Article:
BY RICK FRITZ
In 2008, I was “forced” into retirement by two strokes. At the time, I thought the fire service was deeply entrenched in the “back to basics” movement, which we had been teaching at the Fire Department Instructors Conference since the early 1990s. One leader in this movement, Andy Fredericks, was killed on 9/11, and we carried his message onward. “Back to the basics!” was our battle cry.
However, while attending our local community college’s basic fire academy, I overheard a cadet ask an instructor why there were notches in the wooden chocks in his helmet. Basics? What you carry in your pockets is Basics 101! As a result, I dug up some information on “back to the very basics.” I hope you find it useful.
Chocking doors is as vital to fire operations as water. Each door that the hoseline passes through must be chocked open. Reach up and take that wedge-shaped piece of wood, known as a door chock, out of its resting place on your helmet. Place the chock just above the center hinge of the door. Test the door by pulling on it, making sure it cannot close. Be prepared for rapid fire growth, since by chocking the door open, you have just let in a whole lot of air. But now the line can advance, the door won’t close on the line, and firefighters have ensured that they have an egress path, all with two cents worth of scrap wood!
Whether they’re in your pocket or on your helmet, wooden chocks can be lifesavers; every firefighter should carry several (photo 1). They tend to get left behind at fire operations, so you must constantly reload to ensure you have enough chocks available when you need them. Place them in the firehouse near the turnout gear racks and carry them on the apparatus. Many engine companies carry chocks in the preconnect hose folds. Ladder companies often carry extra chocks in the forcible-entry tool bag or attach them to the 2½-gallon fire extinguisher (“the can”) using a section of inner tube.
|(1) Photos courtesy of author.|
Door chocks can be either homemade (photo 2) or commercially manufactured. Manufactured chocks come in a wide assortment of materials but are mostly plastic giveaway gimmicks, and most of them don’t work well. Many cheaper chocks simply can’t take the rough handling they get on the fireground. For example, light metal “lollipop” chocks may crack and break from the weight of a door closing on it, fall out, or fly out across the room. The manufacturer of the lollipop chocks pictured in photos 3 and 4 is out of business.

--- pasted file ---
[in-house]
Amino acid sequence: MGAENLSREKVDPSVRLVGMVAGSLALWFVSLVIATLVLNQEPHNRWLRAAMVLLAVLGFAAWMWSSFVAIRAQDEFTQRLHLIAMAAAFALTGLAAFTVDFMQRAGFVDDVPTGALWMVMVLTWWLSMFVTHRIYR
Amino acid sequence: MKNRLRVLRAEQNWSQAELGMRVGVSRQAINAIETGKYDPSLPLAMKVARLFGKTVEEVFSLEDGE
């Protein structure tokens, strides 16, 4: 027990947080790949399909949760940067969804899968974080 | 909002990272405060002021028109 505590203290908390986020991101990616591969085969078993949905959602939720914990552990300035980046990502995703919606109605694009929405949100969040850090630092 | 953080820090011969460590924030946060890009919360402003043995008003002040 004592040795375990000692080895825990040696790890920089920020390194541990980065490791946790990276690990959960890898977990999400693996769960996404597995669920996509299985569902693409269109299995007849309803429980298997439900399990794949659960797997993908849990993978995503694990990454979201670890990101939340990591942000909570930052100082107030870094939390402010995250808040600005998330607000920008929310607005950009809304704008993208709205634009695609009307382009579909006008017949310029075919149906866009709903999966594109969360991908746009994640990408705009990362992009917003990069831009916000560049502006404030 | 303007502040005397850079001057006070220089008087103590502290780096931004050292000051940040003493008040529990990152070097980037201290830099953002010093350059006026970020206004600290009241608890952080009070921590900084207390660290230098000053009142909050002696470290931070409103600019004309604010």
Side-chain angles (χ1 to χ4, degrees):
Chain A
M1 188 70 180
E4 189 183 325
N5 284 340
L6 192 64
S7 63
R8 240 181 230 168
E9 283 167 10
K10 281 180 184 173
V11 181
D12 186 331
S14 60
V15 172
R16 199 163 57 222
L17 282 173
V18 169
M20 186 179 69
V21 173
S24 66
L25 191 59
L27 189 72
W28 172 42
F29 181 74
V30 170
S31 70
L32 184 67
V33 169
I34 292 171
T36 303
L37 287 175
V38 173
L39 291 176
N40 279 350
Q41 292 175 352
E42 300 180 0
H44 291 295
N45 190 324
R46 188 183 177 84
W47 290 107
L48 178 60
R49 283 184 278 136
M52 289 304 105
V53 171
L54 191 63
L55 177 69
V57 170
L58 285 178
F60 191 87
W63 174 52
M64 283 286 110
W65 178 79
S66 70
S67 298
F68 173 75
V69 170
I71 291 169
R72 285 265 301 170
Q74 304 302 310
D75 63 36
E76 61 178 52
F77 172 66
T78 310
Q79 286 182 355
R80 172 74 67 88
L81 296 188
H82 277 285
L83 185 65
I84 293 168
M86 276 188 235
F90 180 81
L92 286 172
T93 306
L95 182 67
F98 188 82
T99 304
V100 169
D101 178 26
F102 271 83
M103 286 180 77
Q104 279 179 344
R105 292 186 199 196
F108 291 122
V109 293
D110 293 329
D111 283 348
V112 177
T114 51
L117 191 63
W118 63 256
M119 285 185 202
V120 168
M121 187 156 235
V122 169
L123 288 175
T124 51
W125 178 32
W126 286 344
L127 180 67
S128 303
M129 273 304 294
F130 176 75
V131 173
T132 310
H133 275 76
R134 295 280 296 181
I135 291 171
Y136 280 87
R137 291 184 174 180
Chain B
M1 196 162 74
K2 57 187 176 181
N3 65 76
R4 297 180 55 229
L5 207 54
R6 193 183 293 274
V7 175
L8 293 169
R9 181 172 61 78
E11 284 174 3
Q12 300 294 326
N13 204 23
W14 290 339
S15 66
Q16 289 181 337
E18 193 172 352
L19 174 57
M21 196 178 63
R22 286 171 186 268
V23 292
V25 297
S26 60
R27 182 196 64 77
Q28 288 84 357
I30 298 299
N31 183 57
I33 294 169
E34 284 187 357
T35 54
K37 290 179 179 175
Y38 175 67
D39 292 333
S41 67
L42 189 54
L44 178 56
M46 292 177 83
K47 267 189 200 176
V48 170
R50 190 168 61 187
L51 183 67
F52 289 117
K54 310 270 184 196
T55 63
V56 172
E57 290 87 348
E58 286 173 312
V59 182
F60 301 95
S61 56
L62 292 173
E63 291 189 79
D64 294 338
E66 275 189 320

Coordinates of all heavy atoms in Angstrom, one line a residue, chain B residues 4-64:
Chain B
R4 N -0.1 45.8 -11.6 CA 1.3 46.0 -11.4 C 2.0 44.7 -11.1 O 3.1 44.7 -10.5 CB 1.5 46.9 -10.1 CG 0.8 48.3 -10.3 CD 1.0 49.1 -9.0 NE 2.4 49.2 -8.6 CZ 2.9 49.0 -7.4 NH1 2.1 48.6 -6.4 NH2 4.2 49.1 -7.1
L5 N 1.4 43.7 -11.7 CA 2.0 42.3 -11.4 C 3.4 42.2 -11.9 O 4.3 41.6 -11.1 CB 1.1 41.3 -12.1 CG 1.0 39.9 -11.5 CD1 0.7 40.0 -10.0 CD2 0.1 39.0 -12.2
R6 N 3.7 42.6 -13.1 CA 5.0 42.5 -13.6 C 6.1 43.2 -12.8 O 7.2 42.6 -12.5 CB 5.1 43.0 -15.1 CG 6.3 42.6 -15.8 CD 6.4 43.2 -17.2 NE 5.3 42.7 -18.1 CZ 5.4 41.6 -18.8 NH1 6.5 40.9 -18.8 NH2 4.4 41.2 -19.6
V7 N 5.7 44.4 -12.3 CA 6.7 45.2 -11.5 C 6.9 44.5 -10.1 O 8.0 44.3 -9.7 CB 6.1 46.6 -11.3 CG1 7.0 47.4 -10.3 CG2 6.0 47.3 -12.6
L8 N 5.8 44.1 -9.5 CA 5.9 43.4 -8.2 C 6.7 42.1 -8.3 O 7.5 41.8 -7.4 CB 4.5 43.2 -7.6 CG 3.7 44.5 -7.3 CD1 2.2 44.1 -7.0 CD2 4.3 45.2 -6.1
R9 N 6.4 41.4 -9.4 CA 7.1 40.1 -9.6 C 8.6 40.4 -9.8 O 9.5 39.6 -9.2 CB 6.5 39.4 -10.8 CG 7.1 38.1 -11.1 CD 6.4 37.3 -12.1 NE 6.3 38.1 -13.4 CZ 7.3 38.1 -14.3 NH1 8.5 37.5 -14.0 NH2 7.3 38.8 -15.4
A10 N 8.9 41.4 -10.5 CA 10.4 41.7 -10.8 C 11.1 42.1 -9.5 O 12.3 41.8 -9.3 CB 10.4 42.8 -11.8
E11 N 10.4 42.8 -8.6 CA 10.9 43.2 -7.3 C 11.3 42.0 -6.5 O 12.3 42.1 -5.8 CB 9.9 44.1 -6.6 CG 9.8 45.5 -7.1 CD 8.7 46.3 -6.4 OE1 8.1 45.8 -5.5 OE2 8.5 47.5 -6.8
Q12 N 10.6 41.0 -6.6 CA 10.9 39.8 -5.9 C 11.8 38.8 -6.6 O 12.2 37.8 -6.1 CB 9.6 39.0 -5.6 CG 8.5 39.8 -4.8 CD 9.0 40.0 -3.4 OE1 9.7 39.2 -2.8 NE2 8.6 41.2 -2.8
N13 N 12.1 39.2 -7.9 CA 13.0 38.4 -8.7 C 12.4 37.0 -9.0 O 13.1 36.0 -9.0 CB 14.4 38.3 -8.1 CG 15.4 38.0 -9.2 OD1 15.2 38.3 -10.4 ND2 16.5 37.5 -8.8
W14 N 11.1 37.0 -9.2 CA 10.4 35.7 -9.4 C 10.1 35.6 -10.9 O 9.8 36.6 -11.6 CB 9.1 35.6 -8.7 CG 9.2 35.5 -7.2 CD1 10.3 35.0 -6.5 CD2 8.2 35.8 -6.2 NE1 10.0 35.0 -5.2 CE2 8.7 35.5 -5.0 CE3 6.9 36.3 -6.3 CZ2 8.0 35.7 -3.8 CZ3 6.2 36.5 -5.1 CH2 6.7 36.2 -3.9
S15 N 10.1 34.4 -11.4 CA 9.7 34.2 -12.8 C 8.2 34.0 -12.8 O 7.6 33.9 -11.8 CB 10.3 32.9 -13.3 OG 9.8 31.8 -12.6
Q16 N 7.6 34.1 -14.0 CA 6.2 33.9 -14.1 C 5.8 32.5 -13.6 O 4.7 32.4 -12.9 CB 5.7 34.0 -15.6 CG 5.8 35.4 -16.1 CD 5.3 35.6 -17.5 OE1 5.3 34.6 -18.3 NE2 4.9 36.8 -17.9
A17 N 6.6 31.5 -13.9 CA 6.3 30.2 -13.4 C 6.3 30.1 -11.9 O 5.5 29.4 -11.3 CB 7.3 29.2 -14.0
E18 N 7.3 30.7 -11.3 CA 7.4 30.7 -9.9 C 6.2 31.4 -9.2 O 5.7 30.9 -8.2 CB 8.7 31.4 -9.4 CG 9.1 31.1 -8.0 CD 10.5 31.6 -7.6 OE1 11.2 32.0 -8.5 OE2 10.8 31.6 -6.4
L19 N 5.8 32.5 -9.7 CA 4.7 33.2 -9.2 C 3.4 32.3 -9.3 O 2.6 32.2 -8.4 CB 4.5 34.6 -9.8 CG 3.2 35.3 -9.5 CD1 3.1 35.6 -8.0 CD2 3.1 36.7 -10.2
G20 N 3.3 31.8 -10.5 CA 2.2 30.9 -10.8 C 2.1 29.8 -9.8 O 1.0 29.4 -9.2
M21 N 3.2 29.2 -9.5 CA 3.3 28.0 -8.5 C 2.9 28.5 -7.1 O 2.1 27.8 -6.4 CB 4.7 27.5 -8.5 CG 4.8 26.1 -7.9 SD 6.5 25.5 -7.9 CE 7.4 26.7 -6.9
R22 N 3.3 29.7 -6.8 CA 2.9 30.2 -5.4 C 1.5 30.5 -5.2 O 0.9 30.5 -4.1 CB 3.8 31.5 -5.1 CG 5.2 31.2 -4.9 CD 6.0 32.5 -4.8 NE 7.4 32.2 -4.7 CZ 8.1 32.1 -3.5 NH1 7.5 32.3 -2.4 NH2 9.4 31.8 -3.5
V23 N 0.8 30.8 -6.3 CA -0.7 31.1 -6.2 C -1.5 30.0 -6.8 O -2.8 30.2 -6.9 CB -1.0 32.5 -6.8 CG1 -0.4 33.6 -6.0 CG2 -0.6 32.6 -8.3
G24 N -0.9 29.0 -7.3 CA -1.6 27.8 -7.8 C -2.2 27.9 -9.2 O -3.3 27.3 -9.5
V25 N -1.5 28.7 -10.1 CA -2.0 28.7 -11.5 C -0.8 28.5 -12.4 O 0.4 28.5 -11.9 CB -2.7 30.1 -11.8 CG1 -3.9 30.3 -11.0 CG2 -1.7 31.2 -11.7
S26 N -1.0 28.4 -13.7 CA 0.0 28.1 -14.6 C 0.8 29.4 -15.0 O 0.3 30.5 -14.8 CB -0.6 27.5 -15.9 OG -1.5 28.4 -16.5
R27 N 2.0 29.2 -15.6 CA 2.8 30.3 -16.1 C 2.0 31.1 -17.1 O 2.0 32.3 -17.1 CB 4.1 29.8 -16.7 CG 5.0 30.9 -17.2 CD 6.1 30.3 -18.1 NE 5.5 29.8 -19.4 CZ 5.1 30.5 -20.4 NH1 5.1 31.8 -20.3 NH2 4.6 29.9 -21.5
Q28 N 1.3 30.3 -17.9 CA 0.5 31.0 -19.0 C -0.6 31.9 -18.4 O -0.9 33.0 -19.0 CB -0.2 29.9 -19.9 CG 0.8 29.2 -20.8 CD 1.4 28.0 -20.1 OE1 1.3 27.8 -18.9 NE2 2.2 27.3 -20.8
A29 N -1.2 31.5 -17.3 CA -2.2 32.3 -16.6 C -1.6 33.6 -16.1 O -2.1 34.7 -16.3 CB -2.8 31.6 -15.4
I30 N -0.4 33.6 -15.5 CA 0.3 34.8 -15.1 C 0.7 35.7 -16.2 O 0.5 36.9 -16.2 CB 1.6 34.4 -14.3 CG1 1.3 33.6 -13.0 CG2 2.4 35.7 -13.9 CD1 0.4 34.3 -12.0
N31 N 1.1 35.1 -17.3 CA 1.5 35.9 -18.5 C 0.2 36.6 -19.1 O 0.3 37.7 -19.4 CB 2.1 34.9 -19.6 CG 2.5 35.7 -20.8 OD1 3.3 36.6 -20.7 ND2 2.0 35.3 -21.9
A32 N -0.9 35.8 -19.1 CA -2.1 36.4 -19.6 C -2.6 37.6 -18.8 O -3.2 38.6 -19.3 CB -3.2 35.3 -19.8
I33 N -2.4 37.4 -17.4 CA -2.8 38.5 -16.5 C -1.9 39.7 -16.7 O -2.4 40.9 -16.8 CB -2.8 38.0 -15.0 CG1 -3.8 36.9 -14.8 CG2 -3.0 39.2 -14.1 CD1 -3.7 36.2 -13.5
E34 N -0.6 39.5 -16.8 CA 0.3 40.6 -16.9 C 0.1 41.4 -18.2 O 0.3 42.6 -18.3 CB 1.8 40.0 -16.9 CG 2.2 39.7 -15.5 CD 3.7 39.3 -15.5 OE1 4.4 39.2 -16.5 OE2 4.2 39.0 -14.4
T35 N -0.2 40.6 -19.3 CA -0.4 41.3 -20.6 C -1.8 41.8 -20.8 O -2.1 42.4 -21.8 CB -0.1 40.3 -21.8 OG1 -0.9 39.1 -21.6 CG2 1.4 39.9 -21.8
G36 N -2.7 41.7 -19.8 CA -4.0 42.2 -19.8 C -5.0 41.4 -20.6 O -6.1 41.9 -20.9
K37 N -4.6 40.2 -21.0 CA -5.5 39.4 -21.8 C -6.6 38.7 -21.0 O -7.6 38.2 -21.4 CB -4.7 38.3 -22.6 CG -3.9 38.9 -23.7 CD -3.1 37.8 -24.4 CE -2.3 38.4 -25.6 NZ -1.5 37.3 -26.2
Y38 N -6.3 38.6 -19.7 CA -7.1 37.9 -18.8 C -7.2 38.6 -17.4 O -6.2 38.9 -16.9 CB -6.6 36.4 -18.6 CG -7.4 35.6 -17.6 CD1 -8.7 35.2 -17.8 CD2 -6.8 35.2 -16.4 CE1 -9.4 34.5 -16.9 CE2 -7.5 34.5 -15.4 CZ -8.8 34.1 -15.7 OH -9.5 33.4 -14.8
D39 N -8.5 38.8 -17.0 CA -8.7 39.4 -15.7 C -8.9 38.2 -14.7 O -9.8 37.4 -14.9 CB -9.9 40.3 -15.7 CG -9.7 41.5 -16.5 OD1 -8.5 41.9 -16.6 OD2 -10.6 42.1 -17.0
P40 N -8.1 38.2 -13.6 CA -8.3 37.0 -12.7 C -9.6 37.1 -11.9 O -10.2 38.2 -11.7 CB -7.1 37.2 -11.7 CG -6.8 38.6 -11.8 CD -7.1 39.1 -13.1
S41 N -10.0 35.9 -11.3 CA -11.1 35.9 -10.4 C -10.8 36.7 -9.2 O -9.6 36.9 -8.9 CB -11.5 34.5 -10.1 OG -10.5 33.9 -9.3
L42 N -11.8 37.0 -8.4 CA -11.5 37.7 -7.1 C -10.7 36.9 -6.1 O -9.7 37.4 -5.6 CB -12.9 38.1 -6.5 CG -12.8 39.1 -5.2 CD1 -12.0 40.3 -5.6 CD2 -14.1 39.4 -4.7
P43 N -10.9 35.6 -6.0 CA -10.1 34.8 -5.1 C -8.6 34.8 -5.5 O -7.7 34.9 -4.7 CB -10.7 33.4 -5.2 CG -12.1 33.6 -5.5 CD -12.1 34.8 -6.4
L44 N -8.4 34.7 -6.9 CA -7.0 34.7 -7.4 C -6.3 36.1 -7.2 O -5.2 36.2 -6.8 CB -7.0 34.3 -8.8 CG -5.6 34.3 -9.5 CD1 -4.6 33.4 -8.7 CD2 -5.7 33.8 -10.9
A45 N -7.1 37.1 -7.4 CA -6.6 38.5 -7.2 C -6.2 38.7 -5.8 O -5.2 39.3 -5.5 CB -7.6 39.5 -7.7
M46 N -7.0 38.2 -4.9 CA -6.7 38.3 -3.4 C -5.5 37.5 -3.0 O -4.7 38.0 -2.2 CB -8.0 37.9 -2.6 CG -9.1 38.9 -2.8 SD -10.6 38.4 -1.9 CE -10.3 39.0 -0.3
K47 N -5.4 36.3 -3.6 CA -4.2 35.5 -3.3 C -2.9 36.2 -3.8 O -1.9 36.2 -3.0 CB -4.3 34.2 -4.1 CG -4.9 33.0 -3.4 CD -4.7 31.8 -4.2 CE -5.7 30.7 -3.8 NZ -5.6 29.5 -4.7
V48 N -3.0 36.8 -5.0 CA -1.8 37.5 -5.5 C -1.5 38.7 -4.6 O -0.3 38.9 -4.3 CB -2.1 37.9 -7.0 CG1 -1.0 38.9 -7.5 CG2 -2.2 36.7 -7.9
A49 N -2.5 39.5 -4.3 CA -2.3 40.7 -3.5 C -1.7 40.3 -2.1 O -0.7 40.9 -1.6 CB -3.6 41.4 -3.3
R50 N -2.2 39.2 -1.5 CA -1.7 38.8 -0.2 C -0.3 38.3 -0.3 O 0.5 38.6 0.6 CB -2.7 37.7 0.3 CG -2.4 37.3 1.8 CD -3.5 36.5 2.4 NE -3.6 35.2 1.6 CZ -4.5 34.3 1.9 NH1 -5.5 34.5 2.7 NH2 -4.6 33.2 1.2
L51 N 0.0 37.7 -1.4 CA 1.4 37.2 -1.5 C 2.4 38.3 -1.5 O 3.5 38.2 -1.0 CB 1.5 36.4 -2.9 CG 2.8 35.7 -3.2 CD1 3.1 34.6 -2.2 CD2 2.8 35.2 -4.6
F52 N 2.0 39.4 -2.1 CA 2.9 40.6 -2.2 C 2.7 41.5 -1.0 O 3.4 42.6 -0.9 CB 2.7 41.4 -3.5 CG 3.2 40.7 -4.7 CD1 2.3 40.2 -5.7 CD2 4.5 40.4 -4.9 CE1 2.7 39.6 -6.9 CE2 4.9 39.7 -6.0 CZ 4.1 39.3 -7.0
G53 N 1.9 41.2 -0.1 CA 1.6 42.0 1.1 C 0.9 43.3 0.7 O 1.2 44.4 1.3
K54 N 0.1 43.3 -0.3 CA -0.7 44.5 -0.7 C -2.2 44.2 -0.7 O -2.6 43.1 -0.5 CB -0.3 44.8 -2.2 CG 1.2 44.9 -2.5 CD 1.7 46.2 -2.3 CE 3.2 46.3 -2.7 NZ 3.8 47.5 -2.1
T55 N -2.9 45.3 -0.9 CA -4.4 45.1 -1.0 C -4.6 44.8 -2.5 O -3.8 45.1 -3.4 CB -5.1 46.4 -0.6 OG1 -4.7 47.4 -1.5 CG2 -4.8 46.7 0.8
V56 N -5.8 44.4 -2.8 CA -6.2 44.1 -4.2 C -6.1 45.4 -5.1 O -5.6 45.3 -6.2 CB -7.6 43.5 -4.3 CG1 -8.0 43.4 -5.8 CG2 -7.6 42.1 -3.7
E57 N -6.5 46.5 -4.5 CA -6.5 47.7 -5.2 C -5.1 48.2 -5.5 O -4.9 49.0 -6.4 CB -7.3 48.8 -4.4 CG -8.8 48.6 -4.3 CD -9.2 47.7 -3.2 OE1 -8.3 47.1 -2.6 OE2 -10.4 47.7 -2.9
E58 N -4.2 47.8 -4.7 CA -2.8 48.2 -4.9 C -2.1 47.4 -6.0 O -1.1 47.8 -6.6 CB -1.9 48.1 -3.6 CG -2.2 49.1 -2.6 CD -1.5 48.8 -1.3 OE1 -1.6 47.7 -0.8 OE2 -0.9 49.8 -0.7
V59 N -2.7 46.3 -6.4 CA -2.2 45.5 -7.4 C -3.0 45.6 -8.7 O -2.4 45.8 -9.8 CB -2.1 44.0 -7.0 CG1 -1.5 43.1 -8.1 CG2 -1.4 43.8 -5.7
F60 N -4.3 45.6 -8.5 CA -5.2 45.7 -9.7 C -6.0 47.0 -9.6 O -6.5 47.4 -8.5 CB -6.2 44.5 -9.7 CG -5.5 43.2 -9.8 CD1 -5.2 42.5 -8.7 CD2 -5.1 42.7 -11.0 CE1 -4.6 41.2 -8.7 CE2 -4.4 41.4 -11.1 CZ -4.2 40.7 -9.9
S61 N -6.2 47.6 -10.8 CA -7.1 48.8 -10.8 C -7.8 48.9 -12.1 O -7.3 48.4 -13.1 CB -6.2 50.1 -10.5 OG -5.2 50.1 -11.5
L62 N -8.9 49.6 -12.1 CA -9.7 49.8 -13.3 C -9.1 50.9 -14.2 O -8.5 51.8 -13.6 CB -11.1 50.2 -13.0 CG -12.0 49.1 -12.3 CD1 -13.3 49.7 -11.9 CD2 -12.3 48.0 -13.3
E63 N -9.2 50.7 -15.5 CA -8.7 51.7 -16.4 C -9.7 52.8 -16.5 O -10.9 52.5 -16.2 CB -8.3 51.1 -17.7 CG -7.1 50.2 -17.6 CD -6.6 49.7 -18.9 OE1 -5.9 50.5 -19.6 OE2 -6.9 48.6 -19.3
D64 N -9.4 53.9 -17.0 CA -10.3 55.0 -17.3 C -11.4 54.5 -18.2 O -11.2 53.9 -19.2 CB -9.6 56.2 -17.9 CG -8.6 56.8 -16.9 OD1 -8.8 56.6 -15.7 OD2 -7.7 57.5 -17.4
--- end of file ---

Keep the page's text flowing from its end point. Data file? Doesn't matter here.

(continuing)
The most inexpensive chocks are homemade wedges that can be easily cut from scrap wood. Although exact dimensions are not critical, an effective chock should be approximately four inches long and 1½ inches wide. Door chocks should be larger and more tapered than sprinkler wedges.
Putting a ¾-inch notch into your wooden door chock allows it to hold open heavy doors and doors equipped with automatic closers. Use a stone grinding wheel to make the notch (photos 5, 6).
NAILS AS CHOCKS
The concrete or cut nail is another commonly used chock that is easy to carry. Insert the nail between the door and door frame; this will keep the door from closing (photos 7, 8). Do not use them on a main entrance door or the door to the fire apartment because they will fall out if the door is slightly bumped. However, nails have often proved useful in chocking open bulkhead and stairway doors when you need to vent multiple floors.
RICK FRITZ served as a battalion chief with the High Point (NC) Fire Departme
nt until his medical retirement in 2008. A member of the fire service since 1977, he has served in a variety of fire service roles in volunteer and career departments. Fritz is the author of Tools of the Trade: Firefighting Hand Tools and Their Use (Fire Engineering, 1997) and is featured in the Tools of the Trade DVD Collection (Fire Engineering, 2001).
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